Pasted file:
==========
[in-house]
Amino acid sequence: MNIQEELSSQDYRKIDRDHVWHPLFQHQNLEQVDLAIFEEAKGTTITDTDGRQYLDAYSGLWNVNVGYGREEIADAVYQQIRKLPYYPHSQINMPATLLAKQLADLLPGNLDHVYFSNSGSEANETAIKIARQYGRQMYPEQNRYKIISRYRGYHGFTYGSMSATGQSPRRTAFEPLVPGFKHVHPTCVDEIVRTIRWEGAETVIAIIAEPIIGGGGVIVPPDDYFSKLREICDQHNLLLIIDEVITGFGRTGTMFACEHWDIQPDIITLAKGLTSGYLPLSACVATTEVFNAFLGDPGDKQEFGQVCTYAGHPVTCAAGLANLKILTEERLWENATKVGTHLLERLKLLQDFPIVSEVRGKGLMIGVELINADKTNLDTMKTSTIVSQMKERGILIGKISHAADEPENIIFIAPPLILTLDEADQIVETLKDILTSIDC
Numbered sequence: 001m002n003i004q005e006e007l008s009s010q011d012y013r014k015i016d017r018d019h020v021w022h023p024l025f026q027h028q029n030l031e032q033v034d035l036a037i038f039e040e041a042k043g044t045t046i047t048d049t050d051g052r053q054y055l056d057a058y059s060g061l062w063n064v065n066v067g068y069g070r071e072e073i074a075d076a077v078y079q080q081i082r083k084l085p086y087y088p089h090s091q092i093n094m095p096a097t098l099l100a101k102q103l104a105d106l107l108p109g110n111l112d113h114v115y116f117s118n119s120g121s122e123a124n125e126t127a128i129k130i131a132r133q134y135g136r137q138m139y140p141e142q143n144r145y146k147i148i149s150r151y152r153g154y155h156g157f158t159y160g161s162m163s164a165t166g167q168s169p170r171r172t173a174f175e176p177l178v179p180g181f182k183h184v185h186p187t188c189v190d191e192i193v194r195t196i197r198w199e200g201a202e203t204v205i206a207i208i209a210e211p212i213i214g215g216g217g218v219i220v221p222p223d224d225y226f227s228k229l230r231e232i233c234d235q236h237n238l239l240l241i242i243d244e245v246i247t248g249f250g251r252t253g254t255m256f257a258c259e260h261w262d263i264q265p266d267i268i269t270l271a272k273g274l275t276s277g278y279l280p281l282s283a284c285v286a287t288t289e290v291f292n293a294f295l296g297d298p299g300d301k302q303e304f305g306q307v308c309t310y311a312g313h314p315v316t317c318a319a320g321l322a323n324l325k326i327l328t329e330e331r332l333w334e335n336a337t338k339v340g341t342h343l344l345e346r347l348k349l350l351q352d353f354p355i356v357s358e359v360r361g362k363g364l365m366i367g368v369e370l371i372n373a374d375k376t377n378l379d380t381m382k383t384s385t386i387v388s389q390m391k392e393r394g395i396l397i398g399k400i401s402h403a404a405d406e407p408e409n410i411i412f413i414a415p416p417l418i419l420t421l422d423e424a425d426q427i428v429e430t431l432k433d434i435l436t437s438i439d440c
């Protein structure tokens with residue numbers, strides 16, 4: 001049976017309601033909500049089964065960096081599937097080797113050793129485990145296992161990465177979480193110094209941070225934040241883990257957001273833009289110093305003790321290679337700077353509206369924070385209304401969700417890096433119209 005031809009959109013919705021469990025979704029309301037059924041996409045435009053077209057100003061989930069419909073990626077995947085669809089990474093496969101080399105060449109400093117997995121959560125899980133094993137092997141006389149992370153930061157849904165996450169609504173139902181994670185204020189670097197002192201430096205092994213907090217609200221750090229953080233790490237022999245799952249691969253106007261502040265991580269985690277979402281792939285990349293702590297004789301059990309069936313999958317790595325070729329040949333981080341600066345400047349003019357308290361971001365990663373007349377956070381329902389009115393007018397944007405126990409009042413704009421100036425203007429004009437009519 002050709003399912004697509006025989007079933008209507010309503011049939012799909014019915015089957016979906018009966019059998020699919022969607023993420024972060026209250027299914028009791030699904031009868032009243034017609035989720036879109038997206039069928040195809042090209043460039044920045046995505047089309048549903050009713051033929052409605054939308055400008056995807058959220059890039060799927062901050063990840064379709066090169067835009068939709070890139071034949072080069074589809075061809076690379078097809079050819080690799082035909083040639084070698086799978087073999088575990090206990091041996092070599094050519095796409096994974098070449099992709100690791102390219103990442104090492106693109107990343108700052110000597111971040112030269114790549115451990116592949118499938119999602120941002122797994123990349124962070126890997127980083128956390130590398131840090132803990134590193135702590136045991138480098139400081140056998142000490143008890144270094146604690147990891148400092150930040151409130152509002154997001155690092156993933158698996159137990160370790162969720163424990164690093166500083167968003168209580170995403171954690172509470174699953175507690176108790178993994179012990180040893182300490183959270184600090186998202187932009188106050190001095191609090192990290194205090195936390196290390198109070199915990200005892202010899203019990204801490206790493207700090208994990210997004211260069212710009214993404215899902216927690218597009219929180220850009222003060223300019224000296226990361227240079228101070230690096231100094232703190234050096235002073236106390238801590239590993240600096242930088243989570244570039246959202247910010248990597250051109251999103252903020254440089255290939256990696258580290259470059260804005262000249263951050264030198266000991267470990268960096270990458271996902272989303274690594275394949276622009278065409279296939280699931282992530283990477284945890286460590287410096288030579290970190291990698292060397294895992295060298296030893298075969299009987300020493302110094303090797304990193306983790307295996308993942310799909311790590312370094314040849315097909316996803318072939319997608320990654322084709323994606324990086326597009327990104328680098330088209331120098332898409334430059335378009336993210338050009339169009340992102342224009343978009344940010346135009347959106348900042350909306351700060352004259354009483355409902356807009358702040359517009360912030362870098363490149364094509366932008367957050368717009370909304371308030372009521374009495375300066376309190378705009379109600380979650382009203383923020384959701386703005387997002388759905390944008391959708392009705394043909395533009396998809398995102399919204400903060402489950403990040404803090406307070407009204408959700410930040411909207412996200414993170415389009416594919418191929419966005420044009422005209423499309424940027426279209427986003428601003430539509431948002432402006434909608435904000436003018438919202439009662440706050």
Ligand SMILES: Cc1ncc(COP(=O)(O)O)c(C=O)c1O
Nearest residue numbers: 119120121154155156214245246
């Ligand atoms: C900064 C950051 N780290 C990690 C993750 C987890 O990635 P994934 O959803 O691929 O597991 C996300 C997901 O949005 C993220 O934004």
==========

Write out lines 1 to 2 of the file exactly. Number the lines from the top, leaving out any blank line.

[in-house]
Amino acid sequence: MNIQEELSSQDYRKIDRDHVWHPLFQHQNLEQVDLAIFEEAKGTTITDTDGRQYLDAYSGLWNVNVGYGREEIADAVYQQIRKLPYYPHSQINMPATLLAKQLADLLPGNLDHVYFSNSGSEANETAIKIARQYGRQMYPEQNRYKIISRYRGYHGFTYGSMSATGQSPRRTAFEPLVPGFKHVHPTCVDEIVRTIRWEGAETVIAIIAEPIIGGGGVIVPPDDYFSKLREICDQHNLLLIIDEVITGFGRTGTMFACEHWDIQPDIITLAKGLTSGYLPLSACVATTEVFNAFLGDPGDKQEFGQVCTYAGHPVTCAAGLANLKILTEERLWENATKVGTHLLERLKLLQDFPIVSEVRGKGLMIGVELINADKTNLDTMKTSTIVSQMKERGILIGKISHAADEPENIIFIAPPLILTLDEADQIVETLKDILTSIDC